Fur children count
11 June 2018 | International
Musti Group, the largest pet supply chain in the Nordic countries, says it came up with the idea because the wellbeing of animals is a central part of its agenda. The leave came into effect at the beginning of this month.
“Expertise and interest towards animal welfare are expected from all employees,” says David Rönnberg, Musti Group's CEO. “An impressive 90% of the company's 1 500 employees have at least one furry friend at home.
“When a furry family member first enters their new home, both pet and owner have new routines to get accustomed to. For a variety of reasons, these first days are a significant phase in the growth and development of a puppy.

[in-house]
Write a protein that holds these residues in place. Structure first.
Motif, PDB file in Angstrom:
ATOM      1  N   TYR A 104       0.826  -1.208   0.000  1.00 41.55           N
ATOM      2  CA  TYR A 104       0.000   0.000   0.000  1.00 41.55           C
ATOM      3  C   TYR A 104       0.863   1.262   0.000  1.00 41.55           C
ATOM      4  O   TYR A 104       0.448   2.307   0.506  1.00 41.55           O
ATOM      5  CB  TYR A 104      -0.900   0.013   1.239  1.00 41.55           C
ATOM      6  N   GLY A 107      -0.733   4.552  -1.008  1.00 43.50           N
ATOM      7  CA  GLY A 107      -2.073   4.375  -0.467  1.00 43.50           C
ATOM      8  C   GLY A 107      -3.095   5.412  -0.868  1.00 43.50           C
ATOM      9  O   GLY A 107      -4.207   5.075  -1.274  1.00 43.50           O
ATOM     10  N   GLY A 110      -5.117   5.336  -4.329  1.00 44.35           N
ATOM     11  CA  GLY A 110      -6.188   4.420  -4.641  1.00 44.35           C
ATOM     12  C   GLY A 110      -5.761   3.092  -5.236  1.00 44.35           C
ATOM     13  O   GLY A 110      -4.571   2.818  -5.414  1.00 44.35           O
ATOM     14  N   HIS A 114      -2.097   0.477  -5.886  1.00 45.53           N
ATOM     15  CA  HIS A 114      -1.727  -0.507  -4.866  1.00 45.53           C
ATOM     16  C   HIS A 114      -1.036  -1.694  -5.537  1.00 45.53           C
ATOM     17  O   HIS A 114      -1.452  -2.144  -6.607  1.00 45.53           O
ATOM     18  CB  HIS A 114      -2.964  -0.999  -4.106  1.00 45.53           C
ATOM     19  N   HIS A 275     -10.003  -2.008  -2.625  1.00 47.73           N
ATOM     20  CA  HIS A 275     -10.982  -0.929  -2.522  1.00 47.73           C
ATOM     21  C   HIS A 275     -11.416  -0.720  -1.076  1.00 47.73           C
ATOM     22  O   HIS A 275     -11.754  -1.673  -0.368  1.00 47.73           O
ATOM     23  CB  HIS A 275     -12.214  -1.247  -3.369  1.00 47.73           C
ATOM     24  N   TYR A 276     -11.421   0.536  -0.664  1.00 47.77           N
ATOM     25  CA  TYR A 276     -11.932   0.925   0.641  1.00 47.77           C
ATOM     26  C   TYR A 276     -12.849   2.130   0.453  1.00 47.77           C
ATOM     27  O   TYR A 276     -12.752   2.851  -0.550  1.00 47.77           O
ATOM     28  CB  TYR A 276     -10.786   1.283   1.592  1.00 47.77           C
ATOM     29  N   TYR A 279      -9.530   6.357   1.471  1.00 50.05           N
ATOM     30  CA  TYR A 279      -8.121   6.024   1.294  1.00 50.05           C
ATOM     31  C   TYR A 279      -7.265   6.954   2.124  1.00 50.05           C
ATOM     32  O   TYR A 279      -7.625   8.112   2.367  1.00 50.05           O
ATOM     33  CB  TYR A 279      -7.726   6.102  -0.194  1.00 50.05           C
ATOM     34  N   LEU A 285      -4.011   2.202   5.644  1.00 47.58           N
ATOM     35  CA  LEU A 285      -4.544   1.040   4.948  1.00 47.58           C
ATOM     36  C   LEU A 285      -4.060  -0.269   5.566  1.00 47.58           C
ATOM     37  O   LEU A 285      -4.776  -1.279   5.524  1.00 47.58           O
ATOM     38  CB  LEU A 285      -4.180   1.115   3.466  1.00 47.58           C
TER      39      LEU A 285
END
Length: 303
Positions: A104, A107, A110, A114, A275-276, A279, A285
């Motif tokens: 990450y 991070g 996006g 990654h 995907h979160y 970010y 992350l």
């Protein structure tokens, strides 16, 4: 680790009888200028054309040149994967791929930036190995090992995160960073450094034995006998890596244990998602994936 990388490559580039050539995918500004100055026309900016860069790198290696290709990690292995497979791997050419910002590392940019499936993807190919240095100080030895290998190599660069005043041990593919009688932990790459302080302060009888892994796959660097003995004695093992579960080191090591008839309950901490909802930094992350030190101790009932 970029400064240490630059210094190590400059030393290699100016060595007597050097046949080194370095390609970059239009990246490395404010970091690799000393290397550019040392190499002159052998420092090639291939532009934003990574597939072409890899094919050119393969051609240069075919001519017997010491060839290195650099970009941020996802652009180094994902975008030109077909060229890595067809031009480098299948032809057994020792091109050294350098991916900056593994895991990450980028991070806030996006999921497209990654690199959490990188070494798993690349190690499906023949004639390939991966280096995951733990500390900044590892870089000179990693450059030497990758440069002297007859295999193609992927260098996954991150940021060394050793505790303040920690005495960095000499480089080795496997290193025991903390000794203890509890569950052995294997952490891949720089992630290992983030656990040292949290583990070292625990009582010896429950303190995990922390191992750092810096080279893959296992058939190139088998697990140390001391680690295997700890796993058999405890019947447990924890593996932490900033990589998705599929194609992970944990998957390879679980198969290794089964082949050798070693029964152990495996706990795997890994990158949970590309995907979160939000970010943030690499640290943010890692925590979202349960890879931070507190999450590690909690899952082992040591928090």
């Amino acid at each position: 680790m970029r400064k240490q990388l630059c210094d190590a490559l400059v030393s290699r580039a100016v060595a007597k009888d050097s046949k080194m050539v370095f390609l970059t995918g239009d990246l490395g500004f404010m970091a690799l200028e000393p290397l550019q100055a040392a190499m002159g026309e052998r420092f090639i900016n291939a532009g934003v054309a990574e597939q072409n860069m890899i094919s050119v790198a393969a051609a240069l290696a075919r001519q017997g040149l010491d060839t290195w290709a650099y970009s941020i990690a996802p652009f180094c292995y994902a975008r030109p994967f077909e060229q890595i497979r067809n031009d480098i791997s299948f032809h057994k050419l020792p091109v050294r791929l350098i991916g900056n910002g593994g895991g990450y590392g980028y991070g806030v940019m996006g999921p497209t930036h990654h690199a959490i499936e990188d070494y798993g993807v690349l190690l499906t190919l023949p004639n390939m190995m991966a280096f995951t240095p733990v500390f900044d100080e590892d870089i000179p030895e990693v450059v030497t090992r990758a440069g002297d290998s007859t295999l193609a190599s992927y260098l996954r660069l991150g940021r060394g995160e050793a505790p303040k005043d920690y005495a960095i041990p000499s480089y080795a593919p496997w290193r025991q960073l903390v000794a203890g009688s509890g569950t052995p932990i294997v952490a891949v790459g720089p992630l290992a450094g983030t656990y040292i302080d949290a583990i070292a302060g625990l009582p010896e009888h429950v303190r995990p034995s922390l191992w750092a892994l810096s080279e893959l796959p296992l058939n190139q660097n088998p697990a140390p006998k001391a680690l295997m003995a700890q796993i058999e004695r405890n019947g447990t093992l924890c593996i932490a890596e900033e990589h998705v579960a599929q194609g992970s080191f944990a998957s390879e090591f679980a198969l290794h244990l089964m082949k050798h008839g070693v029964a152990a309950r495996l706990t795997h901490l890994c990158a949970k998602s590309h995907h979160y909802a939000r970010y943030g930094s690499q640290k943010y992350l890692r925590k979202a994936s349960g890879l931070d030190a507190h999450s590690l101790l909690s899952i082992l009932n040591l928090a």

“Forming a coherent pack and familiarising with the new environment require spending some time together.”
Pets always come first in everything the company does – which is why Pawternity leave is a natural step in the development of its pet culture, Rönnberg adds.
“Adopting a pet is a significant decision and changes everyday life considerably. We want to support our employees during their first days with their new family member and ensure they can enjoy those precious moments to the fullest.”
Pawternity leave will help employees combine work and free time more seamlessly, contributing to the wellbeing of their entire family, Musti Group says.
Employers in other fields should be challenged to consider a similar leave system in their own communities, says the company's marketing director, Henri Mäkinen.
“Puppy socialisation and training can't happen during evenings or weekends alone,” he says. “A puppy might feel both insecure and lost in their new home without the presence of their mother and siblings.
“If a pet is left alone for too long they'll find all sorts of things to do – not all of them necessarily pleasant to the owner.”